So why did that test I've forgotten about two days ago sudenly fail? After jotting in some print statements it became apparent. In the test I was comparing two values in a dictionarry to be equal. The value compared I extracted as follows: d.values()[-1][-1]. Very fine, but in one case d.values() looked like [[10, 11, 12], [0, 1, 2]] and in the second it was [[0, 1, 2]]. However as it seemed, when I changed from architecture the order in wich d.values() is sorted in is changed!

    Cheeky. One should be very carefull not to run into traps like this. With reflection I say, "Of course, dictionaries are not sorted!" But the error is made so easily!

    Cleaning up?

    Thursday, August 11, 2005

    So last time I said I wasn't happy with hstats. Maybe that was a bit impulsive, but still valid. Kent Johnson kindly pointed out for me that was the wrong attitude. Maybe he's right (read: yeah, of course he's right), but it is still painfull for me to follow his advice.

    But again, I can't decide. However I have some text file somewhere (under control of an application I don't really like, gjots2) which does have some ideas about what should maybe change in hstats. This should stop me from forgetting what I was thinking that needed doing. It is only so hard to create The Right Design(tm). That was my motivation to postpone it, I hope to get a better idea of what it should look like while I'm using it. However now I'm confronted with Kent's statement, which I fear it true:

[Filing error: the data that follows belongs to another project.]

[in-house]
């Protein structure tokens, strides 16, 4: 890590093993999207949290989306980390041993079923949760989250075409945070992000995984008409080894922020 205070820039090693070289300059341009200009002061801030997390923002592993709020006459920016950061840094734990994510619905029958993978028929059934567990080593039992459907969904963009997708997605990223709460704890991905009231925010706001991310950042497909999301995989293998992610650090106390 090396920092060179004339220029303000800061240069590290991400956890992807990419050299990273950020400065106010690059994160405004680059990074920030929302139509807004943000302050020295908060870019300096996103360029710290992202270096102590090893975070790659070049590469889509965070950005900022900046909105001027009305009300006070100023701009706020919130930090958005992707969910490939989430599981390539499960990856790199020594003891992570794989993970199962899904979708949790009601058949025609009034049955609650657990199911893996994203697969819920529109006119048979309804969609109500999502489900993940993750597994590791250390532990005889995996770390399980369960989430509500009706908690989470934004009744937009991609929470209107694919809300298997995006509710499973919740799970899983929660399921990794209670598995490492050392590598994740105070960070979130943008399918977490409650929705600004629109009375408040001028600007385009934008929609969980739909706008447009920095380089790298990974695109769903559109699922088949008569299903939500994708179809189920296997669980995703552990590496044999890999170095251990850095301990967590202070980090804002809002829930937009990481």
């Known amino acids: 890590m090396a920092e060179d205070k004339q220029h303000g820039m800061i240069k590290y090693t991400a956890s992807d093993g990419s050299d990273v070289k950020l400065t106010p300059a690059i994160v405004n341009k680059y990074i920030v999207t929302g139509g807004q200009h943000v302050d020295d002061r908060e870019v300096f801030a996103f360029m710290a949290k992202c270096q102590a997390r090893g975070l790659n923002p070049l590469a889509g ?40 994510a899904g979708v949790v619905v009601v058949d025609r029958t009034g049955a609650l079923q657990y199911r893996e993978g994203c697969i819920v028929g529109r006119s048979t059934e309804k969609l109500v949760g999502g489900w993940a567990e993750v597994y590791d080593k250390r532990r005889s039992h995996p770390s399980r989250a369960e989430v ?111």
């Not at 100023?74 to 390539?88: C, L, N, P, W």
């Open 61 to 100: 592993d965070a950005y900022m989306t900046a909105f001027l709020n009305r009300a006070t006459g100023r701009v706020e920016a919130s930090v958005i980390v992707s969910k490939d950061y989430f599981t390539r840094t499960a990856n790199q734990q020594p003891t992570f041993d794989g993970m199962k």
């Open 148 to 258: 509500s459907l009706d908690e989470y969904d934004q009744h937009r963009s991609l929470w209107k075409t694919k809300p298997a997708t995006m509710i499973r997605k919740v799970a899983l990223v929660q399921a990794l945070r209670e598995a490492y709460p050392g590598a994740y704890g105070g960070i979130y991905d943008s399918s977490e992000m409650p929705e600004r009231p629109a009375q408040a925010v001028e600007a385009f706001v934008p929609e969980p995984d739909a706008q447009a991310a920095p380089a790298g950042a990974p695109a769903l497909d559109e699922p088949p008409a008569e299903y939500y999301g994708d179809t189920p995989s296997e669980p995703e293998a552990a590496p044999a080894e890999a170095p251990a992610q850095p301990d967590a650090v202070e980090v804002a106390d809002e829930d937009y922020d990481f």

Fix it now. There's never time to go back and clean it up later.

    The argument that nothing depends on it yet weights too of course. I guess I'll have to get my mind round it and get on with fixing it. Only I fear of getting the same situation again next month and think it's a bad solution again.

    Or maybe all this ranting of mine is because I'm having a bad day. The work on hpstats hasn't really been moving along the last few days due to various reasons, that doens't help either. Guess I'll see tomorrow what I'll do.

    I wrote crap

    Wednesday, August 10, 2005

    hstats is crap. And I only wrote it a month ago...